2. Anger: The subject moves on from denial and manifests instead feelings of rage. Examples include subject standing on a street corner outside a restaurant, waiting for the rest of her party in five-inch heels before she can be seated.


3. Bargaining: The subject’s anger abates, and he/she begins to negotiate with a higher or unknown power to avoid the cause of grief. A technique often employed by young women to stop their friends from hoovering tequila shots. This maneuver is often preceded by the “side-eye.”


4. Depression: The subject becomes sullen and silent, but begins to feel an emotional attachment once again to persons and things; at this stage, the subject may also circle back to the anger stage, when she realizes, to her anguish, much of her party has scattered like a herd of cats.


5. Acceptance: The subject is finally able to resolve his or her feelings about the future as well as past grievances; among young women, this is generally accomplished over a plate of shared chili cheese fries at a late-night diner.


Happy blueberry mojito-ing, kids.


Your Gal

In Which This Isn’t About Justin Timberlake

I am an old lady.

There, I said it. While I’ve been joking about it since I turned 21, the Internet proved to me last night that I am officially old (or maybe just out of the loop?)

To backtrack, while I try to stay well-informed about news and politics and world events – even though CNN is basically as good as an Ambien – I’m sorely lacking when it comes to the boy band resurgence. Don’t get me wrong, back in the late 90s/early 2000s, I could not only bust a move to N*SYNC, but I also wholeheartedly dedicated myself to learning all their lyrics.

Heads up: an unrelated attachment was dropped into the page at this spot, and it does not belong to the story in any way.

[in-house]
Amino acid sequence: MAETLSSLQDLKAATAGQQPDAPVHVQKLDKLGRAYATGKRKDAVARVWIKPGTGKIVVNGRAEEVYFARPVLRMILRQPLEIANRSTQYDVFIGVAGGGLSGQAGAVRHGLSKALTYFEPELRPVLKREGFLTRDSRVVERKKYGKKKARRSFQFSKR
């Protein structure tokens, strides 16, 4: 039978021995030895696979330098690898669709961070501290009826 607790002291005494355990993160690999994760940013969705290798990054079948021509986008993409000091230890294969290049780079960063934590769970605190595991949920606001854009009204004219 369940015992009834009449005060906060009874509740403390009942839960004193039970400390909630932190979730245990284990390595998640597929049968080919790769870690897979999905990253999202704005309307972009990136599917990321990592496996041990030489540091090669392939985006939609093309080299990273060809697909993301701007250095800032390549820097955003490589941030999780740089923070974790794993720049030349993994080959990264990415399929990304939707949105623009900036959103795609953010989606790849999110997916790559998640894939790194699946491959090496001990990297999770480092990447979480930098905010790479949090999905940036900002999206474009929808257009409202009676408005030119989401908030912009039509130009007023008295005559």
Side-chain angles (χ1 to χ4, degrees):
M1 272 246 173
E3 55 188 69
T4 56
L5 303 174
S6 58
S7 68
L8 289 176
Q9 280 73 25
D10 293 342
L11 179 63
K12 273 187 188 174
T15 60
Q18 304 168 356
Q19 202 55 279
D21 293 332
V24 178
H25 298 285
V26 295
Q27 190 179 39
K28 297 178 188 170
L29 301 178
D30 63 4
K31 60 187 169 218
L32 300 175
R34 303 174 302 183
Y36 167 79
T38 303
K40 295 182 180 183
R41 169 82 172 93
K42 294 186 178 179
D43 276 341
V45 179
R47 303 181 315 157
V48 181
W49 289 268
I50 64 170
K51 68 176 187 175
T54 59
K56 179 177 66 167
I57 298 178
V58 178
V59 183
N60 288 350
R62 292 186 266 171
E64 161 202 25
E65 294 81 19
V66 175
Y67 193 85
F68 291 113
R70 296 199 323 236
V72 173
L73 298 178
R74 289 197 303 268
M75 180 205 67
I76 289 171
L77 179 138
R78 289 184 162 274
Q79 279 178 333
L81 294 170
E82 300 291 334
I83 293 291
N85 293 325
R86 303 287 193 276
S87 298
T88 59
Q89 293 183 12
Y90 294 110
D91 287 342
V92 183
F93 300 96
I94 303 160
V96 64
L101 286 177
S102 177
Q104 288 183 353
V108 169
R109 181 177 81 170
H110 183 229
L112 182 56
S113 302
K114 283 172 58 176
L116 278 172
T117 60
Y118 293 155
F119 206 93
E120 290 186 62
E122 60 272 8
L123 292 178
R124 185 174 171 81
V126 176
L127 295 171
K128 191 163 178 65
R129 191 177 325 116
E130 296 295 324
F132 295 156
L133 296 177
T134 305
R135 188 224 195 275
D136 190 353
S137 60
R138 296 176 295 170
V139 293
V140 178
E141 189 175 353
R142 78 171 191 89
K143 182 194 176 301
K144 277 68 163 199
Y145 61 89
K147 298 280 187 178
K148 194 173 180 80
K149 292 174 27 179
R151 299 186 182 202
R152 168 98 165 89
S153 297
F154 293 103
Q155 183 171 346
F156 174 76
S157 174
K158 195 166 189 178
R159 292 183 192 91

Didn’t we all?

(And, of course, like many a red-blooded lady, I am both in awe of and tremendously thankful for Justin Timberlake’s transformation from a ramen-noodle-haired lover of knit turtlenecks to a full-blown, dreamy, Ty Power-esque goofball.)

The boy bands of today? Well, I can’t replicate that love. And that’s not to denigrate them; it’s just to say I literally can no longer keep them straight. Whatever part of my gray matter that was once responsible for knowing exactly how many tips Lance Bass had frosted has long since deteriorated.

Case in point? My relationship (or lack thereof) with One Direction. The below Post-It, passed to a coworker, should neatly illustrate my my ignorance:

One Direction

Now, I understand 1D is a phenomenon. I understand they’re something I should know about if I’m to consider myself a pop culture aficionado. But there is something broken in my brain that causes me to point and say “Oh, they’re adorable. Who are they?” every time I see a photo of these lads on the Interwebs.

Of course, all of this is a very roundabout way of saying that, last night, I encountered this photo of Harry Styles at a wedding, and all I could do was clutch my pearls (metaphorically) and gasp, “Where is your tie, young man?!”

Which made me feel old. And out of touch. And surprisingly okay with that.

(Also, Harry – Jack White’s probably pretty upset you stole his look. Just saying.)


Your Gal